Stressing tele-consultancy, the Punjab and Haryana High Court has asked Punjab, Haryana and Chandigarh to furnish details of the mobile telephone companies who are licensed to operate in all three states for the patients who are isolated at home.
Tele-consultancy is not easily forthcoming for patients in home isolation as telephone numbers of healthcare professionals who can provide help are not readily available, the bench of Justices Rajan Gupta and Karamjit Singh observed.
“It would be considered whether telephone companies operating in that area can publish such numbers to their consumers in the local zones in order to facilitate tele-consultancy/telemedicine,” it said. “This would prove to be considerable help to those patients who are isolated at home and instill confidence in them that they are under medical supervision.”
Last month, the Ministry of Health and Family Welfare (MoHFW), in collaboration with NITI Aayog and Board of Governors (BoG) Medical Council of India (MCI) issued telemedicine guidelines. It stated that disasters and pandemics pose unique challenges in providing healthcare.
“Though telemedicine will not solve them all, it is well suited for scenarios in which medical practitioners can evaluate and manage patients. A telemedicine visit can be conducted without exposing staff to viruses and infections in times of such outbreaks,” the guidelines read. It was issued to decongest the healthcare facilities as doctors can consult the patient remotely which would protect the patients and the doctors from virus transmission, and does not disrupt the lockdown measures.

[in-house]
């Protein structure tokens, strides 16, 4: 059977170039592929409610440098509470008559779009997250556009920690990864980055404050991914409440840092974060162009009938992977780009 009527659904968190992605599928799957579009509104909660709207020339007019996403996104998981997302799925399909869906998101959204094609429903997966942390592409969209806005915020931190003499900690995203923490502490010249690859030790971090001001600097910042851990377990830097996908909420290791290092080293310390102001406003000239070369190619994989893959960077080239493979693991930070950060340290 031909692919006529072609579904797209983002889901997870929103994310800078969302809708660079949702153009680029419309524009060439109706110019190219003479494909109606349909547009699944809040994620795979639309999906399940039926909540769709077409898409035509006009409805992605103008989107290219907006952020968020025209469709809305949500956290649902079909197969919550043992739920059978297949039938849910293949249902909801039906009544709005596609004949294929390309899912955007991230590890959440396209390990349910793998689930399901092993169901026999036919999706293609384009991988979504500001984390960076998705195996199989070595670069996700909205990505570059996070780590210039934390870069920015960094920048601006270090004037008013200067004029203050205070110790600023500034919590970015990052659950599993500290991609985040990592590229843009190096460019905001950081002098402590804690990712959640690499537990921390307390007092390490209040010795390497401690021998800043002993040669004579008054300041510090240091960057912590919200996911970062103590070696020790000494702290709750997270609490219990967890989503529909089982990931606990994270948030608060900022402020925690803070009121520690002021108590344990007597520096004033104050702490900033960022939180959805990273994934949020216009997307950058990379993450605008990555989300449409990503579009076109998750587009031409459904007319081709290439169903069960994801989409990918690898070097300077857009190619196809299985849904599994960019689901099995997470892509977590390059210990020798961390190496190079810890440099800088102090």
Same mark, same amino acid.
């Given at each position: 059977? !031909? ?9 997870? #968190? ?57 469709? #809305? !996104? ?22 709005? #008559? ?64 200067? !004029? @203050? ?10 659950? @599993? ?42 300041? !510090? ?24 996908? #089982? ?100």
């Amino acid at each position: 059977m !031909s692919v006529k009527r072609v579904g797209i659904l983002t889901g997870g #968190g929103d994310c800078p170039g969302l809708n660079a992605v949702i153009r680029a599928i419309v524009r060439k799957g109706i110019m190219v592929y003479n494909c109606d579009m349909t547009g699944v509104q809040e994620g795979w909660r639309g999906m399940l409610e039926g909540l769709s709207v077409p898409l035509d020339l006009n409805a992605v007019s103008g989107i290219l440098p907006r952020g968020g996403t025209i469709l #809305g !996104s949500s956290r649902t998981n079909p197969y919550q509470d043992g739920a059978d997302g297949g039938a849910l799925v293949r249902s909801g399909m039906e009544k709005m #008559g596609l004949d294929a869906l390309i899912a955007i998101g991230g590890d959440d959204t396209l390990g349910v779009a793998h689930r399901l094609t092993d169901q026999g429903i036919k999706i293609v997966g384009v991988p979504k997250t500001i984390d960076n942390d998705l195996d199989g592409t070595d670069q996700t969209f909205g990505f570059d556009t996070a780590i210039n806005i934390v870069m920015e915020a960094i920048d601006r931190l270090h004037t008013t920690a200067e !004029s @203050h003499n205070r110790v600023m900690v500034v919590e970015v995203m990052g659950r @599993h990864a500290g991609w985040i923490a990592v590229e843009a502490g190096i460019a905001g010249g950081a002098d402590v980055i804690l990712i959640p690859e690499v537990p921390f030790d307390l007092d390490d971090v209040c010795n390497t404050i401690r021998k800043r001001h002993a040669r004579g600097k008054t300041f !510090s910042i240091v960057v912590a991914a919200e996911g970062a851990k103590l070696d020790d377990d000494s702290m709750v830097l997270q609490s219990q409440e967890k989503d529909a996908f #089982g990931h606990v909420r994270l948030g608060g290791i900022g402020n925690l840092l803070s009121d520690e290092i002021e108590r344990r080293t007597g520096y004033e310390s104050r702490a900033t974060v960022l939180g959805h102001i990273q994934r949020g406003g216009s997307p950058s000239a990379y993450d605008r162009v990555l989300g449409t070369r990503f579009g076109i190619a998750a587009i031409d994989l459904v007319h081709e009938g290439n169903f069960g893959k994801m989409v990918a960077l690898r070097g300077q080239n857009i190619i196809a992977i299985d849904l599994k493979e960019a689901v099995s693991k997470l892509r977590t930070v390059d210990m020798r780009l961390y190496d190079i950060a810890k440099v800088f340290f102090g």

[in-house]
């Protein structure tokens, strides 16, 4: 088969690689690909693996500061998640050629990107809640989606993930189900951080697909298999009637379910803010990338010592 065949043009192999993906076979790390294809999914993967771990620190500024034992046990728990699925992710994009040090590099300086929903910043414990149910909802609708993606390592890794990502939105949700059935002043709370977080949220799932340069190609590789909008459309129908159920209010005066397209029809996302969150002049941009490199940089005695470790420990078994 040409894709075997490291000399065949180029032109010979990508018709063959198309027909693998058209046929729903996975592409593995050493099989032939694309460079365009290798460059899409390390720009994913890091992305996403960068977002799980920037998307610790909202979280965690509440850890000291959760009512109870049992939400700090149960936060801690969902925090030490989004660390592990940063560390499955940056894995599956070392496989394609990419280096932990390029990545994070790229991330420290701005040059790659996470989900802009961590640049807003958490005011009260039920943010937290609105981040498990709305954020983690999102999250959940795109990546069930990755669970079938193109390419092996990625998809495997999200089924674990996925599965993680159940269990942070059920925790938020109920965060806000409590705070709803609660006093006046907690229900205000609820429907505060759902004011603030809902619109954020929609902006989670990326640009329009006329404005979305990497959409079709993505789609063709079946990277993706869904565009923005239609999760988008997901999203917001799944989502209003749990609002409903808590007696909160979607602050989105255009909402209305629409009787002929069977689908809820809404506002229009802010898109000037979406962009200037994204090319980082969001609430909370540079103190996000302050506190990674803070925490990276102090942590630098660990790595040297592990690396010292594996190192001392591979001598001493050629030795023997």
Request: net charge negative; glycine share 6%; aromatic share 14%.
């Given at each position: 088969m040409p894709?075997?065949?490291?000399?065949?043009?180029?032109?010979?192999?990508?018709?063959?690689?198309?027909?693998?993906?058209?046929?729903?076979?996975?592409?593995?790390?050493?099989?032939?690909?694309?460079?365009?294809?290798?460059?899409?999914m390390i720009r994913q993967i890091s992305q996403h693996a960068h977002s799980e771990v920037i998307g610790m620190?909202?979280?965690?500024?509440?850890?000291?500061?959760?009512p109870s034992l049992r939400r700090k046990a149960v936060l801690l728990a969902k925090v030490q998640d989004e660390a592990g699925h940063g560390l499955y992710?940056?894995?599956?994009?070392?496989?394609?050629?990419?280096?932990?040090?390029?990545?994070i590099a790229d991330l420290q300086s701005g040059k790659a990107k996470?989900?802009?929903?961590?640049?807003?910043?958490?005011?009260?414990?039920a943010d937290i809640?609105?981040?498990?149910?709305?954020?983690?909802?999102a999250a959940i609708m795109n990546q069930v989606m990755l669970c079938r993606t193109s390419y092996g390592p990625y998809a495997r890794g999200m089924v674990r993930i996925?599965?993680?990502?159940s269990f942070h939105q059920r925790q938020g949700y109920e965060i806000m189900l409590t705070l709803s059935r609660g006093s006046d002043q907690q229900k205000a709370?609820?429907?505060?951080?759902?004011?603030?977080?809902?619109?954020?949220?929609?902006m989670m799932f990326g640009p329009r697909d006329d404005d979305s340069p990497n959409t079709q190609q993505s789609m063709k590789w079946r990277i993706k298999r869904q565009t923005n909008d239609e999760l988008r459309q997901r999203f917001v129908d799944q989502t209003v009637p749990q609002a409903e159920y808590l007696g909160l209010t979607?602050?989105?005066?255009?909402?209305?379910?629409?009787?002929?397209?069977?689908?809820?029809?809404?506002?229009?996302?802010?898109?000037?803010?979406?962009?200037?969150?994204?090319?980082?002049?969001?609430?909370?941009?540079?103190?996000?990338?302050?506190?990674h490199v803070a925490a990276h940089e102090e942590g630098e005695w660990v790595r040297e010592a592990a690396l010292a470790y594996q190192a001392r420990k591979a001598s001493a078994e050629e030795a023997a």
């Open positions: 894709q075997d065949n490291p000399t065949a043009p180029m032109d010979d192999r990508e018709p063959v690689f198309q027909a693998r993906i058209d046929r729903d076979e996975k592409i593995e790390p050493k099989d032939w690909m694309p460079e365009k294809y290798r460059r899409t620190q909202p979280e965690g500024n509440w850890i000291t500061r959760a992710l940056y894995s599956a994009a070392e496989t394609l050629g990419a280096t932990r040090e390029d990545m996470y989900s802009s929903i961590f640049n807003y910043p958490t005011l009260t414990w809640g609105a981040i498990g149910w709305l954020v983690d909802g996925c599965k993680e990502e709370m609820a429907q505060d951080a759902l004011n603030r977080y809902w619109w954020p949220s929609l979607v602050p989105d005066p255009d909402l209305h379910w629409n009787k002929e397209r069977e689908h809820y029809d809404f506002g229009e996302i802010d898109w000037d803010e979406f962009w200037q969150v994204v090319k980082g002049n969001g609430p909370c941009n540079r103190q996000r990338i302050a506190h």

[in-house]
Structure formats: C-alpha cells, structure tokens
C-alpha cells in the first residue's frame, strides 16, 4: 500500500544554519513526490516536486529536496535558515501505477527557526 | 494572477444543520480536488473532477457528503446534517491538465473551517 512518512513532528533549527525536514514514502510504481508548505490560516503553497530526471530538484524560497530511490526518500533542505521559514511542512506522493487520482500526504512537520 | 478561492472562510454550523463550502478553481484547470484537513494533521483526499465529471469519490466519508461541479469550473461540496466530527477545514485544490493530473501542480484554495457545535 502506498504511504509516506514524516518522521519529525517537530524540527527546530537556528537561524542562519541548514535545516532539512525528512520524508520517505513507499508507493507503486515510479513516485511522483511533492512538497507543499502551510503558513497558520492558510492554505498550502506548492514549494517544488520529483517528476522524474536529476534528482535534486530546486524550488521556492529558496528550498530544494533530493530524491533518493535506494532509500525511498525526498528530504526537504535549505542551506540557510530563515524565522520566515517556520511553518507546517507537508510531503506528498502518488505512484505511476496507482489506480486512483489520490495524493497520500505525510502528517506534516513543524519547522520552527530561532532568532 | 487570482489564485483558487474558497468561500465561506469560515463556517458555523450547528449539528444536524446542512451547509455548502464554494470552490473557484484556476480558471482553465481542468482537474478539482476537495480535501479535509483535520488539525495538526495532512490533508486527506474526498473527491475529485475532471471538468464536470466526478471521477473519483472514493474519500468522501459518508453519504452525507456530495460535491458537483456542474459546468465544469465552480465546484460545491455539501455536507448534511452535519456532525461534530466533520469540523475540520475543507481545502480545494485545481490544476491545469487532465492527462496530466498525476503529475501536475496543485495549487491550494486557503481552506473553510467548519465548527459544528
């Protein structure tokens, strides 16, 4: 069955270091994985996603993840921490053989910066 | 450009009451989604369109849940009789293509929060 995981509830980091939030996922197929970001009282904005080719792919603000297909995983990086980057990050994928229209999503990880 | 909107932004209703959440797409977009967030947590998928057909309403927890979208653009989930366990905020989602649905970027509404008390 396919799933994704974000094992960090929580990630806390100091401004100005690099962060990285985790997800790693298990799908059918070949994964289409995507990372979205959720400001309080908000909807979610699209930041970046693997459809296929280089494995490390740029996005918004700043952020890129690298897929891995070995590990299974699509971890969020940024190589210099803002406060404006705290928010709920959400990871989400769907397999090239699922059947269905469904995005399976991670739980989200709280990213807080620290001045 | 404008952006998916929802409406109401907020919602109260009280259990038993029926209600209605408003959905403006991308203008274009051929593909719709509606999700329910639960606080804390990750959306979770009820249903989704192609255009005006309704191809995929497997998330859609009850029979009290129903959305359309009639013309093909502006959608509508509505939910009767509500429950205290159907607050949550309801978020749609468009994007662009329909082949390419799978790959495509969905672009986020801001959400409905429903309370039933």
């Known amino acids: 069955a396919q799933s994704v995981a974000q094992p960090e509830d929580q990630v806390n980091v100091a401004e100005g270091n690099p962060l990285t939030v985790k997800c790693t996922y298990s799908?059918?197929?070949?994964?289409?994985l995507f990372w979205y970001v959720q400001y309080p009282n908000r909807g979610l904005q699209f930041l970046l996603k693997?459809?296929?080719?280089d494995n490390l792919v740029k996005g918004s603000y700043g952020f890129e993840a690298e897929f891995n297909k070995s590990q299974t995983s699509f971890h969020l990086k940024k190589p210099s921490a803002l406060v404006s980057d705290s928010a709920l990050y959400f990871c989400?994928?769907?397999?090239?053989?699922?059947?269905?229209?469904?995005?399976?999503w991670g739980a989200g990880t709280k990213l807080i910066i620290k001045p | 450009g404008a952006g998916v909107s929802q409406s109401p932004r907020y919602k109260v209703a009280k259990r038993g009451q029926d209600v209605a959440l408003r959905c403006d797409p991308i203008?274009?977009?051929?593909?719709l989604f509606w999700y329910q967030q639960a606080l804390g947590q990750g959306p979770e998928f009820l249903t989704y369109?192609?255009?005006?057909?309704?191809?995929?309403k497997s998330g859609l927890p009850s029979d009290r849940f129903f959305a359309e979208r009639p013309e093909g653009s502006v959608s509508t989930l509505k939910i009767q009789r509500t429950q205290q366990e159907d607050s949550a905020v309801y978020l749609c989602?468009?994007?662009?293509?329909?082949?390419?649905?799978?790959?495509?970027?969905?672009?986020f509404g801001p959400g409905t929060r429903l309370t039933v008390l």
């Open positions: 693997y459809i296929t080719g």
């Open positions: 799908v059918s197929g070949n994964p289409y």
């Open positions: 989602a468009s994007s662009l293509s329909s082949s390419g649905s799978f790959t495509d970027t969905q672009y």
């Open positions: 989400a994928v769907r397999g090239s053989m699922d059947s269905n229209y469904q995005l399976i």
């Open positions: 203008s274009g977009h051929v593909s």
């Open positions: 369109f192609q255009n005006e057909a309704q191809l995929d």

As such the new guidelines involved all channels of communication with the patient that leverage information technology platforms, including voice, audio, text and digital data exchange and most importantly allowed doctors to prescribe medicines.
Dr Inder Maurya, Founder and CEO, Foreign OPD, said being unable to prescribe the medicine to solve the minor issues made telemedicine futile. “However, with the revised guidelines, the registered medical practitioner is more encouraged as he can prescribe medicine and is legally protected because everything is recorded,” Dr Maurya said. “Most importantly, it will enable access to good and affordable care to tier-I and tier-II cities and reduce the load on our secondary and tertiary care hospital.”